An unemployed mother-of-three has been banned from driving for over a year after she was caught drunk at the wheel of her car with her children inside.
Single mother Maxine Watts, 40, failed a breath test after she accidentally crashed her vehicle into another car while taking her children on a shopping trip last month.
Witnesses said they could smell ‘intoxicating liquor’ on her breath and that she appeared to be slurring her words.
Watts, of Cheshire, had drank wine earlier in the day after having completed an interview with a local newspaper where she detailed her struggle to afford full-time childcare.
She admitted failing to provide a specimen of breath at Chester Magistrates Court and was banned from driving for 16 months.
Watts was also fined £120 and made to pay £168 in costs and victim surcharge.
Watts drank two 120ml glasses of wine on September 23 after having completed an interview with Wirral Globe in which she discussed the impacts of the cost-of-living crisis.
She was headed to the shops with her children around 6.15pm when she ‘reversed’ into another driver’s passenger door.
‘Witnesses were both in their car on Gleneagles Road, Little Sutton, when the defendant reversed into their car’s passenger door,’ Prosecutor Georgia Leyland told the court. ‘The defendant stopped nearby and exchanged details with the driver.
‘However, the witnesses said they could smell intoxicating liquor on her breath. There were children in the car and she appeared to be slurring her words.
‘The witnesses phoned the police as the defendant drove away.’
Officers arrived at Watts’ home and administered a roadside breath which ‘proved positive.’ She was taken to the police station and tried nine times to give a breath sample but failed due to ‘difficulties.’
Ms Leyland explained: ‘Officers attended the defendant’s address where a roadside breath test proved positive. She was taken to custody where she was given nine attempts to provide a sample of breath but she failed to provide a sample.
‘She failed to blow into the machine correctly.’
‘It is believed she had difficulty with the procedure but it was still assessed as being a deliberate failure to provide a sample of breath. She does suffer from asthma and was trying to provide a sample but failed to do so. She had nine attempts to complete it.’
Watts had no previous convictions on her record and her lawyer Steve Coupe said he did not consider the offence a ‘deliberate refusal.’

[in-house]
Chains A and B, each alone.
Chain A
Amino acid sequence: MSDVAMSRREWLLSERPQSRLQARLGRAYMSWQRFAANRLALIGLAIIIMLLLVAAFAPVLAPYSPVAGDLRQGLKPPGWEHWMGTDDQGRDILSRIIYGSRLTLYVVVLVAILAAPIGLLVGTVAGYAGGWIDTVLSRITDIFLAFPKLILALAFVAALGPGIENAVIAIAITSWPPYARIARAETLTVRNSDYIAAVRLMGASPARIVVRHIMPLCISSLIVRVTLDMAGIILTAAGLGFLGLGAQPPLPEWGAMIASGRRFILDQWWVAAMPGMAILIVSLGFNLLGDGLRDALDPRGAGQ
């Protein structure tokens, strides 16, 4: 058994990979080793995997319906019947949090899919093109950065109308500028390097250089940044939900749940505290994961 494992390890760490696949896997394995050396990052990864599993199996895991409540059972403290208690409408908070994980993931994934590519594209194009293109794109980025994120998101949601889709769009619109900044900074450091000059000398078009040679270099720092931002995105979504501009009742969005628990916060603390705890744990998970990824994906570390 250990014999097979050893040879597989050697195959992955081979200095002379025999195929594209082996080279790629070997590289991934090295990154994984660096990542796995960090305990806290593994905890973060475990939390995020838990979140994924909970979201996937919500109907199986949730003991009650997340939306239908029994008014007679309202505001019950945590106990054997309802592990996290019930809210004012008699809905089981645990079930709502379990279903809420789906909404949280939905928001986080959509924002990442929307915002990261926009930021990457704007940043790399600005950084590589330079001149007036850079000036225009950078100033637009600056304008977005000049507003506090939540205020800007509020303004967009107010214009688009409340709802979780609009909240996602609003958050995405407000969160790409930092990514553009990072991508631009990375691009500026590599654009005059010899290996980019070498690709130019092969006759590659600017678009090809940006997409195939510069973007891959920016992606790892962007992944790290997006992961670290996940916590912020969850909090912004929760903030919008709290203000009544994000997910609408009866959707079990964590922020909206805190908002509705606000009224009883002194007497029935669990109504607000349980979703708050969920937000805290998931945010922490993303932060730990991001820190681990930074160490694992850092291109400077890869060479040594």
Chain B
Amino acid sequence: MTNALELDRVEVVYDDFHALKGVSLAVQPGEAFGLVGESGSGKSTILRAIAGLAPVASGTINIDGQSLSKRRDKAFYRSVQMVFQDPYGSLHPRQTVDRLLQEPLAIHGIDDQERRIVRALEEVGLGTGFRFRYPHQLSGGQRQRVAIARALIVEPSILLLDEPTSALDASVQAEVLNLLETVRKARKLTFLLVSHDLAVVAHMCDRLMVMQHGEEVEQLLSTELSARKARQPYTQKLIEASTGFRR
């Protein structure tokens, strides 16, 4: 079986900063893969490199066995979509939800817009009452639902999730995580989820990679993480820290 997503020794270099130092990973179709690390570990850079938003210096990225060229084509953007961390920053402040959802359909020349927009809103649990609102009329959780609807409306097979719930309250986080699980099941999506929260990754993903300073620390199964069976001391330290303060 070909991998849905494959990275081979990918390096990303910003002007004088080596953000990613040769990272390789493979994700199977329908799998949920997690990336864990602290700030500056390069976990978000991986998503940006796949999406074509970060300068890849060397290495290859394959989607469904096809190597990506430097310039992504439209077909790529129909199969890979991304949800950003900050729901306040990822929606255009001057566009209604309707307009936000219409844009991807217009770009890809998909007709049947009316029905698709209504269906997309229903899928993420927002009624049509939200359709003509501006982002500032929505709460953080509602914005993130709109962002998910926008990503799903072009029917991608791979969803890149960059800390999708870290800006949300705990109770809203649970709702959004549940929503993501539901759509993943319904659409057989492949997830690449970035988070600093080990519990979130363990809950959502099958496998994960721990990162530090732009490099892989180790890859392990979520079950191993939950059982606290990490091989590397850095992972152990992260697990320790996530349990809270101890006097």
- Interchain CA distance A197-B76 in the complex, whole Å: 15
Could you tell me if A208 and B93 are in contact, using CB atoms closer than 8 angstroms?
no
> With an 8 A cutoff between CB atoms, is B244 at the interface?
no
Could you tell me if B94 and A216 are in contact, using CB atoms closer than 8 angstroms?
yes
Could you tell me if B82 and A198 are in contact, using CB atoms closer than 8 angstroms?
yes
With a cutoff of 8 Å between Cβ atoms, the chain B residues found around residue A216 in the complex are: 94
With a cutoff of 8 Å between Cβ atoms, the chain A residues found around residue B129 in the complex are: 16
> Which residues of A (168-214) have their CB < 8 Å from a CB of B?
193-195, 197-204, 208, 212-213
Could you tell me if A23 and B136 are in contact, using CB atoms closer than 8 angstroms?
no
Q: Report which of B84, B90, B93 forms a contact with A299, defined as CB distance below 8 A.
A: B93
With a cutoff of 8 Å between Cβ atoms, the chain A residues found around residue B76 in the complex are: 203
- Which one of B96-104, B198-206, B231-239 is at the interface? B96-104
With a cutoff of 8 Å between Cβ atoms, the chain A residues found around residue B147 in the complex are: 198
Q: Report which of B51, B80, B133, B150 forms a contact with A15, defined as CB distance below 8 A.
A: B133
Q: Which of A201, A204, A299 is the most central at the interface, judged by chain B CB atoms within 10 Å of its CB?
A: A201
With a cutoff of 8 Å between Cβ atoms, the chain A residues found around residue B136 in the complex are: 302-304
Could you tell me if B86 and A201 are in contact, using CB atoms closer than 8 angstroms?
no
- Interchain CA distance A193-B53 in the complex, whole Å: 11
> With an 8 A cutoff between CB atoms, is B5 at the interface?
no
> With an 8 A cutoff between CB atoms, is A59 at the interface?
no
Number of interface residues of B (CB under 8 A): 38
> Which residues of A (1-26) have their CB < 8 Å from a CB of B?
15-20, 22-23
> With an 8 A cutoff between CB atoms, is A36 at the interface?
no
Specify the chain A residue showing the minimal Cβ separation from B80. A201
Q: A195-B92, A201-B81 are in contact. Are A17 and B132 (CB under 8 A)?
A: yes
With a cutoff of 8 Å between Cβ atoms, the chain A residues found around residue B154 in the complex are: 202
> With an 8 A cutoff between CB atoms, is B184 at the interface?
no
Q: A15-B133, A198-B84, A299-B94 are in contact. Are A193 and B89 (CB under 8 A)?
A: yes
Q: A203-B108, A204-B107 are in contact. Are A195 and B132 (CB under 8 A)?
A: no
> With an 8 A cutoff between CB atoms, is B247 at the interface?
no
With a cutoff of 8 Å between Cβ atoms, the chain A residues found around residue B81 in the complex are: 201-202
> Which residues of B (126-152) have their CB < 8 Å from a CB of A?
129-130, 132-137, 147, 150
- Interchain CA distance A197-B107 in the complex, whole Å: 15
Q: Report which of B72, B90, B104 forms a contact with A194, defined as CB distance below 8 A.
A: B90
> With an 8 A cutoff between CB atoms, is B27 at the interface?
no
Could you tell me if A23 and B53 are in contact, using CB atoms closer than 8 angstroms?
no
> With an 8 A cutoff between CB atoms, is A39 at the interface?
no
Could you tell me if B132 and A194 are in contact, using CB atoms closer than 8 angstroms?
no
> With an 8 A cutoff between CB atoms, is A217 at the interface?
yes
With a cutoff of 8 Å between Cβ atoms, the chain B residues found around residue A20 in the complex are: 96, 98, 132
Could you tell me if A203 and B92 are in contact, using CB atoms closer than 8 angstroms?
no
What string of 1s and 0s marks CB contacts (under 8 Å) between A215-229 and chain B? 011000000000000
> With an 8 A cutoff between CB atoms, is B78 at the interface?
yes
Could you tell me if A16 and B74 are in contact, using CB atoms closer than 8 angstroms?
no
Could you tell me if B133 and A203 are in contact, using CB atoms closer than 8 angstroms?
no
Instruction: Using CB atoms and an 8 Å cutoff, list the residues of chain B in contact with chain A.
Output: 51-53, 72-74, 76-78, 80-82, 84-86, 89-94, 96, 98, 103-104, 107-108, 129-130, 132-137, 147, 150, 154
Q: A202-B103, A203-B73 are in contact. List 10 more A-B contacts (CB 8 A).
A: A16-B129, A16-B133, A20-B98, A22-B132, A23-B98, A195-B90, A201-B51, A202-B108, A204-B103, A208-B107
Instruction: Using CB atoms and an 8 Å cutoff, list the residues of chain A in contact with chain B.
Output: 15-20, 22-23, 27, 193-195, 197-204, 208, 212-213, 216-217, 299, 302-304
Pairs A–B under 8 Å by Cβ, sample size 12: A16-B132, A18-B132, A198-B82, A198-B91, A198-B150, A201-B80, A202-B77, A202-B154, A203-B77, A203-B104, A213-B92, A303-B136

‘You have heard that this lady is of good character,’ Mr Coupe argued.
‘It is right to say that she’s ashamed to be in court this afternoon. It was a Friday and she had spent a large part of the day preparing and participating in a newspaper article for a local newspaper which highlighted the lack of affordable child care for mothers wanting to go into work.
‘She accepts that she drank two 120 ml glasses of wine and thereafter went out to get some food for her children.
‘She thought she would be fine to drive and accepted that there was a relatively modest collision while she was reversing.
‘She became concerned with the demeanour of the other individuals but did exchange details with them and drove home.
‘The aggravating feature is that she was involved in a road traffic collision and there were children in the car.
‘But in the police station she did try to provide a specimen of breath. I have a letter from her GP to show she does have asthma.
‘She did provide one sample that was acceptable. She did not say ‘no’ to providing a sample, which in my submission was not a deliberate refusal.
Mr Coupe added: ‘If I am able to pick up a heavy weight on one occasion, it does not mean that I should be able to pick it up on another time.
‘There was nothing to suggest there was a high level of impairment in her driving.
Watts was banned from driving for 16 months, but has the option to complete a drink-driving awareness course which would lead to a ‘substantial reduction’ in her disqualification period.
‘Considering you were involved in an accident and three young children were in the car at the time, the ban will be 16 months,’ chair of the bench Andrew Merrill told Watts during sentencing.
‘But we do offer you the drink-drive awareness course which, if completed, will lead to a substantial reduction to your disqualification period.’
Watts, who used to work as a local authority manager, was featured in Wirral Globe five days after her arrest.
She had been interviewed by the local newspaper to claim she was unable to return to work due to the £2,355 a month cost she was quoted for putting her daughters, aged four and two, and one-year-old son into a local nursery.
The article saw Watts declaring: ‘I want to start being able to provide for my family.’
According the newspaper report, parents who work are eligible for up to £646.35 for one child and a maximum of £1108.04 for two or more children under a Government scheme for covering childcare costs.
It said Watts would be expected to pay £1247.18 a month for childcare with government help yet under the national living wage at £10.90 an hour, a typical mother would receive £1744.00 a month working a 40-hour week without tax deductions.
She told the paper: ‘Unfortunately, the government don’t financially recognise any children after the second born.
‘They are creating financial barriers for me to go back to work. I truly believe women are priced out, not only of being able to provide for their families, but also out of their careers. There is a whole workforce of women ready to work and contribute to society, but they are unable to due to not being able to afford childcare.’
Watts had previously given other interviews to the same newspaper in which she shared her tips for saving on energy bills during the cost-of-living crisis.
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